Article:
A few weeks ago, my daughter got into one of those nostalgic conversations with me trying to recall the long ago; she wanted to find out about her distant past, where she came from. That meant, of course, she needed to know more about where I began: my past as a refugee child. She knew I was born in Cuba; she remembered my dad had been a lawyer; she understood he had become a professor at Fordham University in New York. 

But beyond that, she did not know much about my past. 


To her, my father had never been some figure escaping political repression; he was just grampa. In turn, I was not some present day adjunct faculty or human rights activist working to end family detention or the imprisonment of innocent women and children, or a nonconformist shaped by the events of her past. 


To my young daughter, I was just plain ol' mom. 


So that evening, cuddled into our respective couches over the miles and telephone connections, my daughter asked me to disentangle my story from the cobwebs of memory, so that I had to think about my father, my mother, my siblings. I remembered our story of immigration back then, in the 70s, and I mused at how different that story was from the tale of Japanese internment, or how different that seemed, too, from the nightmare we hear from refugee families now. 



Friday, May 1, 2015

May Day...Will Adjunct Faculty Become Human Rights Activists Working Together?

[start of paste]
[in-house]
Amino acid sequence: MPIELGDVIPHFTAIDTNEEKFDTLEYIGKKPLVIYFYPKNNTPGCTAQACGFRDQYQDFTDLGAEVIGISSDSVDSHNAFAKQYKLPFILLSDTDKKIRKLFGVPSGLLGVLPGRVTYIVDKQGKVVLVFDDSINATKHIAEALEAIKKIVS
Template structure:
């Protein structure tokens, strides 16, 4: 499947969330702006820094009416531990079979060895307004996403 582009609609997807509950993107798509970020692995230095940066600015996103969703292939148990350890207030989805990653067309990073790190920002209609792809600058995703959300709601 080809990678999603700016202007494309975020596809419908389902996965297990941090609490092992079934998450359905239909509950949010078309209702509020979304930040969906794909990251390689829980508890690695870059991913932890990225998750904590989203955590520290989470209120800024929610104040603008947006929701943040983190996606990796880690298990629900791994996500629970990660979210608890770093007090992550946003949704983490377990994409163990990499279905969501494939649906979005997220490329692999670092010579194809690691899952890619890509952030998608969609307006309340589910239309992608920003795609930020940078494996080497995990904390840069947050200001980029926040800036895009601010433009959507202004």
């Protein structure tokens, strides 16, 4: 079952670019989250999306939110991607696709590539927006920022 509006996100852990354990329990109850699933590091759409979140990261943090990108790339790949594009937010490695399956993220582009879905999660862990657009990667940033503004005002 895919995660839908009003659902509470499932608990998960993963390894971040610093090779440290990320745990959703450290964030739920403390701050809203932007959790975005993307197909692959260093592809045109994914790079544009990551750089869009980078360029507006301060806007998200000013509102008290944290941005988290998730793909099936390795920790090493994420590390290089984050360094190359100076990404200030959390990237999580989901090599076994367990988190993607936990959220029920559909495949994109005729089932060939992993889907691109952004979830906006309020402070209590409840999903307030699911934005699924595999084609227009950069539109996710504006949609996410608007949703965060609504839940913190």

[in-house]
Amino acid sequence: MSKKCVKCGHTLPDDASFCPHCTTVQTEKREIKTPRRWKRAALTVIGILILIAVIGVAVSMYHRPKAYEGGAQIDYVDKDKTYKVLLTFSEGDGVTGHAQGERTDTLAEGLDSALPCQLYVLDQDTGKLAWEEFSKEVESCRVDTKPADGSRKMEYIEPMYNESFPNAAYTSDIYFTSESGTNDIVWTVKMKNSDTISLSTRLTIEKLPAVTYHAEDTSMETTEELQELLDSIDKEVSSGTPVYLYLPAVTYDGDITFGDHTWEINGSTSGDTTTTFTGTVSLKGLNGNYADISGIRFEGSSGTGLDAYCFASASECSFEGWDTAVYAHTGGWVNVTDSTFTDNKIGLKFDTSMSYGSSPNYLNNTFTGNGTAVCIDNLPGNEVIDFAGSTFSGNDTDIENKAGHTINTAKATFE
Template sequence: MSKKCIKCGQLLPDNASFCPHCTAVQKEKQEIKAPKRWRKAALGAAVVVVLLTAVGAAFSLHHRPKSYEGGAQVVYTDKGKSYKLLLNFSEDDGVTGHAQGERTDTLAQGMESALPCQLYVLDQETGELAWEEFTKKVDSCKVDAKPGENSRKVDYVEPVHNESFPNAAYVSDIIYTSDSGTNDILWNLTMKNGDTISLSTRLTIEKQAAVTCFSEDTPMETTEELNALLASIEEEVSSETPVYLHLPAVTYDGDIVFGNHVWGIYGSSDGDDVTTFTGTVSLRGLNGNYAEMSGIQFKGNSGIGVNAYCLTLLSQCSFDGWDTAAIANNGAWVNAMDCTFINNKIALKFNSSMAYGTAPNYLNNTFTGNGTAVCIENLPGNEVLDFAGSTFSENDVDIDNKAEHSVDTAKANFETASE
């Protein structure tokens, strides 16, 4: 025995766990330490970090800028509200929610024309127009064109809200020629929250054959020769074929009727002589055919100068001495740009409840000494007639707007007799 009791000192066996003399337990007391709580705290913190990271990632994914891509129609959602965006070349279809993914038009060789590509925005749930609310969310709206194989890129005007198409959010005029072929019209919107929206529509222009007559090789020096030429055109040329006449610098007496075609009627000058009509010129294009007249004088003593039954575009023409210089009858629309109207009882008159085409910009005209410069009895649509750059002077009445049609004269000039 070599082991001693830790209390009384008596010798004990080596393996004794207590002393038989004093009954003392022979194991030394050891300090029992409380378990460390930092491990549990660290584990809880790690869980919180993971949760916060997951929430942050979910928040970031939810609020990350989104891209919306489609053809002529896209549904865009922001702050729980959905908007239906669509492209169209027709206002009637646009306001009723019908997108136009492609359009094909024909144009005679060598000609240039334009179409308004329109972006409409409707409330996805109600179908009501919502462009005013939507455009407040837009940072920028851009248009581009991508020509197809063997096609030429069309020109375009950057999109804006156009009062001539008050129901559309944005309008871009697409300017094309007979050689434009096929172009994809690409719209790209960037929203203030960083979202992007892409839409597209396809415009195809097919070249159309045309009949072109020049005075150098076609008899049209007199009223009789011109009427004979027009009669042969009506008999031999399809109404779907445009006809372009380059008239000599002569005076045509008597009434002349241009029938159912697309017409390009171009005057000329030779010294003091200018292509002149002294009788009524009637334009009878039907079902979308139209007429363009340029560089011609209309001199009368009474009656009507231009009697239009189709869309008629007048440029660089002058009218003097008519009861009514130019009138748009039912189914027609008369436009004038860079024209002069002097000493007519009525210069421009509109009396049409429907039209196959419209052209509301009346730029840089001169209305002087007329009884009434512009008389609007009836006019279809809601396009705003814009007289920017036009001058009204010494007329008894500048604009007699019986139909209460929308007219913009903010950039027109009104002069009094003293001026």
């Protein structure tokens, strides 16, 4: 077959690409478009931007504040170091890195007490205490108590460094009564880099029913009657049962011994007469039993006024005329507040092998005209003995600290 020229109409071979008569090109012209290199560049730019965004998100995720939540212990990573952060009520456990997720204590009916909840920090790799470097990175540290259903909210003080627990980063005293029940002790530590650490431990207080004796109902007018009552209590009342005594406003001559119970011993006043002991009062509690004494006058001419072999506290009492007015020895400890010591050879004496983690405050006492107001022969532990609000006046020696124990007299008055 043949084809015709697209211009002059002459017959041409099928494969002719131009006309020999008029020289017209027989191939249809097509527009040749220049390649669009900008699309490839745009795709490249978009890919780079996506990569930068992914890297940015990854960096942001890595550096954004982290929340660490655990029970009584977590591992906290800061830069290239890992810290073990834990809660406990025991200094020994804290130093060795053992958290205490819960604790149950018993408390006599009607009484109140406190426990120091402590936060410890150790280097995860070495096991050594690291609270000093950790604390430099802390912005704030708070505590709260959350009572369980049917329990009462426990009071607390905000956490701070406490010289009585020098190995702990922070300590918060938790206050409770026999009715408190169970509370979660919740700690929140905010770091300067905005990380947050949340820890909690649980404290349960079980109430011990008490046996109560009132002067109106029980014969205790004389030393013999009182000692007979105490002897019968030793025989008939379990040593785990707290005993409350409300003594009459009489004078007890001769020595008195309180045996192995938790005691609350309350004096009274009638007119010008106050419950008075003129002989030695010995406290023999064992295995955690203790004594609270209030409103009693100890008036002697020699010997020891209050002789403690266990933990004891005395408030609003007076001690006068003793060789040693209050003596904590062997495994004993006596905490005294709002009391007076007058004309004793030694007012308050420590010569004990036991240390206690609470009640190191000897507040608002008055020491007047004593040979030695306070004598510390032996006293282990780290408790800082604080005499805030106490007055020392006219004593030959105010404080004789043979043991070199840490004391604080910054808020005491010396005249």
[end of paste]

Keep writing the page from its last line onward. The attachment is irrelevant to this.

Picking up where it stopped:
A while ago, I found a quote from our petition, "Better Pay for Adjuncts," that has been lurking in the back of my mind all these months. 


"I've decided to abandon any hope of being a college-level instructor because I do not want to trade in my blue-collar poverty for a poverty with airs of white-collar sensibilities."

So as I get ready to write something about May Day, and how this day of labor involves adjunct faculty, I also want to take stock of what this writer implies. It has haunted me for quite some time now. 

I have wanted to get all my dispersed thoughts together, a not-so-easy task. 


I began writing this particular piece after the City Hall meeting in Grapevine, Texas, concerning evidence of the fact that police will not release a video of them shooting an unarmed man on February 20, 2015, Rubén Garcia. Seeing all the brown on one side looking up at the white  sitting in their pedestals above  made me think there would never be any justice here in Texas.


The stark difference of the all-white "judges" sitting above listening
gave a somber note to proceedings...
© Ana M. Fores Tamayo


And sure enough, it is already May, and nothing yet is closer to releasing the official video. 

There is an unofficial passersby video released that directly conflicts with what the police are saying, but officers still hold fast to their own story...

So why do some folks want to taint the man?


Tuesday, April 21, 2015

Maná backs social causes with new song “Mi verdad”, a duet with Shakira


Ana María Alvarado  Abril 21, 2015  1:45 am 


The song “Mi verdad”or "The Truth" talks about the lies media and social networks sometimes tell, as well as dictators 

Maná with Shakira singing "The Truth"
In Maná's song "Mi verdad," the group talks about the lies media and social networks sometimes tell, as well as dictators who have always existed in Latin America. This shows that they have always been committed to this global problem and, especially, to their country.


43 empty chairs...


Wednesday, April 15, 2015

New School, Old School? The New School Fiasco, Again and Again